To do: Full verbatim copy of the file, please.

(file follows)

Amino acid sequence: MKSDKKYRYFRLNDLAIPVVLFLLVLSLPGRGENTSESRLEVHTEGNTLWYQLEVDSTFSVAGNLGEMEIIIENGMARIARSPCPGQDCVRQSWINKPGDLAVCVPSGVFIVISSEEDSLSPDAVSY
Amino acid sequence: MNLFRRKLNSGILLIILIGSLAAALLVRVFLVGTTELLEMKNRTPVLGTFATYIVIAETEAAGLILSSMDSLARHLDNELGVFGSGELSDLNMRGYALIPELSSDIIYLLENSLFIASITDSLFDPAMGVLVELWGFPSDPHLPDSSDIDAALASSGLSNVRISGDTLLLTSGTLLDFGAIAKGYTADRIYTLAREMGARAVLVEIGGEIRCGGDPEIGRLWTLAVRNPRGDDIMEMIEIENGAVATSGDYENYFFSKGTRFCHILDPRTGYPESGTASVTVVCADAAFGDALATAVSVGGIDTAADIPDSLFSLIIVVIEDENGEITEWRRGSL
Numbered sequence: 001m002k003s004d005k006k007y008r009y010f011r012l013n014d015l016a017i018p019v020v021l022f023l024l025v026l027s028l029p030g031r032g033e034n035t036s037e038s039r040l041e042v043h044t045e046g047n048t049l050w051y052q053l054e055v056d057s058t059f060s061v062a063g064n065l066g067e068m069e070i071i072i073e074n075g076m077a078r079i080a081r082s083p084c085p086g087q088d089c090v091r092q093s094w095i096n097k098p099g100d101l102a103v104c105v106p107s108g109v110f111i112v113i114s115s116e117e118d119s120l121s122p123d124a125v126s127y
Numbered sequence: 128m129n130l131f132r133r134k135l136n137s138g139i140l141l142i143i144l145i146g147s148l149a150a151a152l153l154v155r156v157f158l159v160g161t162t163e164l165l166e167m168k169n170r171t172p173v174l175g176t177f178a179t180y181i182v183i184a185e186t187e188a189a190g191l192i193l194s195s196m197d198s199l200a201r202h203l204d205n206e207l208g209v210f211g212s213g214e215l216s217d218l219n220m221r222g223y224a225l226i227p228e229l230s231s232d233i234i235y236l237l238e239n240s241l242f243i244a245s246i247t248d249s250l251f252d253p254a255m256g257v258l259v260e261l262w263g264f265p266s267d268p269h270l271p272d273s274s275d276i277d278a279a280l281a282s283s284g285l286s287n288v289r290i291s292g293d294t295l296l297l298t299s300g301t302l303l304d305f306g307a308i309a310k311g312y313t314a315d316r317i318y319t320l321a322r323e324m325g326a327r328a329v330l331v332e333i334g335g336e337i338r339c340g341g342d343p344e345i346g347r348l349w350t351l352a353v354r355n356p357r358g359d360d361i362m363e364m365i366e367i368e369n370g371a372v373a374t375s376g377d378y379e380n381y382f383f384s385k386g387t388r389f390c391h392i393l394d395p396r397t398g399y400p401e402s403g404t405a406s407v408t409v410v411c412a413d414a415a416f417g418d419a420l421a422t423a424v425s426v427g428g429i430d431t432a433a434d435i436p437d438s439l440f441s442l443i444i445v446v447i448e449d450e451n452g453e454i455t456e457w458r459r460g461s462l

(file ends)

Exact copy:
Amino acid sequence: MKSDKKYRYFRLNDLAIPVVLFLLVLSLPGRGENTSESRLEVHTEGNTLWYQLEVDSTFSVAGNLGEMEIIIENGMARIARSPCPGQDCVRQSWINKPGDLAVCVPSGVFIVISSEEDSLSPDAVSY
Amino acid sequence: MNLFRRKLNSGILLIILIGSLAAALLVRVFLVGTTELLEMKNRTPVLGTFATYIVIAETEAAGLILSSMDSLARHLDNELGVFGSGELSDLNMRGYALIPELSSDIIYLLENSLFIASITDSLFDPAMGVLVELWGFPSDPHLPDSSDIDAALASSGLSNVRISGDTLLLTSGTLLDFGAIAKGYTADRIYTLAREMGARAVLVEIGGEIRCGGDPEIGRLWTLAVRNPRGDDIMEMIEIENGAVATSGDYENYFFSKGTRFCHILDPRTGYPESGTASVTVVCADAAFGDALATAVSVGGIDTAADIPDSLFSLIIVVIEDENGEITEWRRGSL
Numbered sequence: 001m002k003s004d005k006k007y008r009y010f011r012l013n014d015l016a017i018p019v020v021l022f023l024l025v026l027s028l029p030g031r032g033e034n035t036s037e038s039r040l041e042v043h044t045e046g047n048t049l050w051y052q053l054e055v056d057s058t059f060s061v062a063g064n065l066g067e068m069e070i071i072i073e074n075g076m077a078r079i080a081r082s083p084c085p086g087q088d089c090v091r092q093s094w095i096n097k098p099g100d101l102a103v104c105v106p107s108g109v110f111i112v113i114s115s116e117e118d119s120l121s122p123d124a125v126s127y
Numbered sequence: 128m129n130l131f132r133r134k135l136n137s138g139i140l141l142i143i144l145i146g147s148l149a150a151a152l153l154v155r156v157f158l159v160g161t162t163e164l165l166e167m168k169n170r171t172p173v174l175g176t177f178a179t180y181i182v183i184a185e186t187e188a189a190g191l192i193l194s195s196m197d198s199l200a201r202h203l204d205n206e207l208g209v210f211g212s213g214e215l216s217d218l219n220m221r222g223y224a225l226i227p228e229l230s231s232d233i234i235y236l237l238e239n240s241l242f243i244a245s246i247t248d249s250l251f252d253p254a255m256g257v258l259v260e261l262w263g264f265p266s267d268p269h270l271p272d273s274s275d276i277d278a279a280l281a282s283s284g285l286s287n288v289r290i291s292g293d294t295l296l297l298t299s300g301t302l303l304d305f306g307a308i309a310k311g312y313t314a315d316r317i318y319t320l321a322r323e324m325g326a327r328a329v330l331v332e333i334g335g336e337i338r339c340g341g342d343p344e345i346g347r348l349w350t351l352a353v354r355n356p357r358g359d360d361i362m363e364m365i366e367i368e369n370g371a372v373a374t375s376g377d378y379e380n381y382f383f384s385k386g387t388r389f390c391h392i393l394d395p396r397t398g399y400p401e402s403g404t405a406s407v408t409v410v411c412a413d414a415a416f417g418d419a420l421a422t423a424v425s426v427g428g429i430d431t432a433a434d435i436p437d438s439l440f441s442l443i444i445v446v447i448e449d450e451n452g453e454i455t456e457w458r459r460g461s462l